Chennai needs to wake up from its complacence. A neighbourhood paper recently published an article about how school children in its area were systematically being targeted by drug peddlers. The veracity of the article notwithstanding, for it seemed to have plenty of political colour to it, led to comments in social media from people in other parts of the city. They too had a similar story to tell about their neighbourhoods. It was just a small indicator of how far the menace had spread. 

The modus operandi is quite simple – vendors who are purveying seemingly harmless items proliferate around schools and children flock to them immediately after school hours. A few of these vendors tempt the children with drugs and over a period of time build a steady clientele, that becomes increasingly addicted. It appears that the target age groups comprise children in the middle and high schools. The friends’ network in the classrooms brings in more buyers and very often peer pressure to try out drugs ‘just for the experience’ proves irresistible. Discovery, as and when it happens, is often very late, by when much damage has already been done. 

Preventing this is not easy. Firstly, in today’s world of nuclear families, parents are either too busy or distracted to notice sudden deviant behaviour among their children. More often than not, parents are simply not there when children come home from school, this being the age when both parents are career people. Secondly, the schoolteachers, a harassed lot on many fronts today, simply don’t have the wherewithal to notice what goes on outside the campus. Yes, there have been instances when schools have registered formal complaints with the local police stations over drug peddling in their neighbourhoods, but action is impossible to take. There is often no evidence and itinerant vendors are not easy to apprehend. Some schools do conduct campaigns against drugs, but these are few and far between and very often dismissed as mere rituals. Lastly, the availability of ready money is perhaps the greatest menace – children today have far greater access to cash than any previous generation. Rising economic status also contributes to this. When the usage of this money goes unchecked by parents, we have greater instances of such abuse.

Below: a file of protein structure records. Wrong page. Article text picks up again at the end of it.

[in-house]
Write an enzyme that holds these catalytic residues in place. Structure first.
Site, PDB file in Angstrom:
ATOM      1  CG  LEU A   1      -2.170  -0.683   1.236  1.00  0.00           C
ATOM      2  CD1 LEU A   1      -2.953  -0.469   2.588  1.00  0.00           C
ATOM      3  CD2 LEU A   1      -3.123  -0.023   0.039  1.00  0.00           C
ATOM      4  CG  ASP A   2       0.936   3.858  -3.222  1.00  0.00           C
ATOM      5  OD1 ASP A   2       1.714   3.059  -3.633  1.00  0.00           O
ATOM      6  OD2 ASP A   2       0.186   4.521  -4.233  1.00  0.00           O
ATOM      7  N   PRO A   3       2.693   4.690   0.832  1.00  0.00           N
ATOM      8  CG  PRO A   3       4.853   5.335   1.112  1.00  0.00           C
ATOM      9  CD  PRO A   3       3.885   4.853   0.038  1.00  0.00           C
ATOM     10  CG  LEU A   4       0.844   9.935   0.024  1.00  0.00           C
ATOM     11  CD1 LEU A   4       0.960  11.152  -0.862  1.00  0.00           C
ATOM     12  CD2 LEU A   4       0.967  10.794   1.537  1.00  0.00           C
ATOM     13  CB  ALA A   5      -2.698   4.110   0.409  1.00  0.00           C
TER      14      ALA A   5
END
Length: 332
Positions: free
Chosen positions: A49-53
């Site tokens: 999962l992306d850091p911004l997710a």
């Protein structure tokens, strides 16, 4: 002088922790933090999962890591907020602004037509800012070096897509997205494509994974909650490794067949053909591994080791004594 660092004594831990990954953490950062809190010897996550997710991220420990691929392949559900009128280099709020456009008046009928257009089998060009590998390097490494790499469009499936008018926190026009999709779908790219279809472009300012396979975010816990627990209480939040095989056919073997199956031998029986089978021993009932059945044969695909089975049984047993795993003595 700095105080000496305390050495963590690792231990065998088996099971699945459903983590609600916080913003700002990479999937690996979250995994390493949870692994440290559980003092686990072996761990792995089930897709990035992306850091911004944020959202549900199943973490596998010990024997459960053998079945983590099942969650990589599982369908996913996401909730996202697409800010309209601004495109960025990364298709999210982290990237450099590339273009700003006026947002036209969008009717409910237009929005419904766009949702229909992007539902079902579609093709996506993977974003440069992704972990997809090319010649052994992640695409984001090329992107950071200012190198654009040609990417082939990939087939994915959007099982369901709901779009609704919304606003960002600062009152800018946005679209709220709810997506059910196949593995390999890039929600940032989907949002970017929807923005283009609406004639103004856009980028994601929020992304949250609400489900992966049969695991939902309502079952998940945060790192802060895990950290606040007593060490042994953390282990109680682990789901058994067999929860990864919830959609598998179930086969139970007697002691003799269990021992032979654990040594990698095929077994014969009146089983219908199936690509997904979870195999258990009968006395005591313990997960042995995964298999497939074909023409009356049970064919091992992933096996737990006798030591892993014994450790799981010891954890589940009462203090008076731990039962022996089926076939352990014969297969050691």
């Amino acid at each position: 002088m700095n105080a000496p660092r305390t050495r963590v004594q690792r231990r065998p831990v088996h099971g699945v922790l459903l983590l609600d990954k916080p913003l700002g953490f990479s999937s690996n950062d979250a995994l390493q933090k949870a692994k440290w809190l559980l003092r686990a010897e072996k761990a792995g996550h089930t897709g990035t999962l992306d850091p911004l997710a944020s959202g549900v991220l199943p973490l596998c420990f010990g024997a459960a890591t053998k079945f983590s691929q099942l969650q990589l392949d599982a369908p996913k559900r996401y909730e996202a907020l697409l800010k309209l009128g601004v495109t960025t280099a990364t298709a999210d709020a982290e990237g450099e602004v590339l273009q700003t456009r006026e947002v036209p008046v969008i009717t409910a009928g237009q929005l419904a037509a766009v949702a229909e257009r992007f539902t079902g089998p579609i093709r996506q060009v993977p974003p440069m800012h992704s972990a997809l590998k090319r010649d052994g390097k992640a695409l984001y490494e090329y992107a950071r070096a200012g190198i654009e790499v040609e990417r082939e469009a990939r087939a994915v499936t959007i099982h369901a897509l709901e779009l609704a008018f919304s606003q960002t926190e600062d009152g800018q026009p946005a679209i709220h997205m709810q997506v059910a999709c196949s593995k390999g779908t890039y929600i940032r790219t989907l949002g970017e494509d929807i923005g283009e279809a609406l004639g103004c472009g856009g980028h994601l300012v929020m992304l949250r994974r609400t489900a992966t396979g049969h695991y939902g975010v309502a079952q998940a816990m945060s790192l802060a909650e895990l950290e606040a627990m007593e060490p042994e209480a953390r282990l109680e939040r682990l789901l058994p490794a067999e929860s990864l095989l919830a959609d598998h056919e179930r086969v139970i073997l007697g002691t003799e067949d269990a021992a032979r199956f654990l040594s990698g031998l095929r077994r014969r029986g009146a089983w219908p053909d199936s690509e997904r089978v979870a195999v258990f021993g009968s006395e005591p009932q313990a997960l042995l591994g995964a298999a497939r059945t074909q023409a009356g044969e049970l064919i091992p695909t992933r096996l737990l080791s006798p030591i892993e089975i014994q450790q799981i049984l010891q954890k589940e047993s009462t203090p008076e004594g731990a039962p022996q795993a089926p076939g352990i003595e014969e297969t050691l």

That Chennai has a serious drug menace is now becoming increasingly apparent. It was in 2019 that a ‘countrywide drug racket kingpin’ was arrested in Mylapore. The man controlled a synthetic drugs network across India from here. In 2021, there were newspaper reports on how the age of cannabis was over and children in the city were increasingly taking to opoids – synthetics such as adhesives and thinners. Of course, this was in keeping with the national trend, but that is no cause for taking comfort. In 2021 a survey indicated that as much as 9 per cent of school-goers in middle and high school levels may be addicted. 

It is necessary for parents to realise that the fight against drugs must begin from home. Ultimately, it is the home that suffers the most when addiction becomes a real issue. Parents need to keep a close watch on children – not an easy task given the demands on time and the number of communication channels with the outside world that now exist. More important is for parents to instil in their children early on an awareness about the evils of drugs. It is also necessary for communities around schools to come together to fight the menace. Complaining to the police is one thing but being ready to become part of the vigilance group is yet another altogether. Will Chennai’s parents rise to the challenge?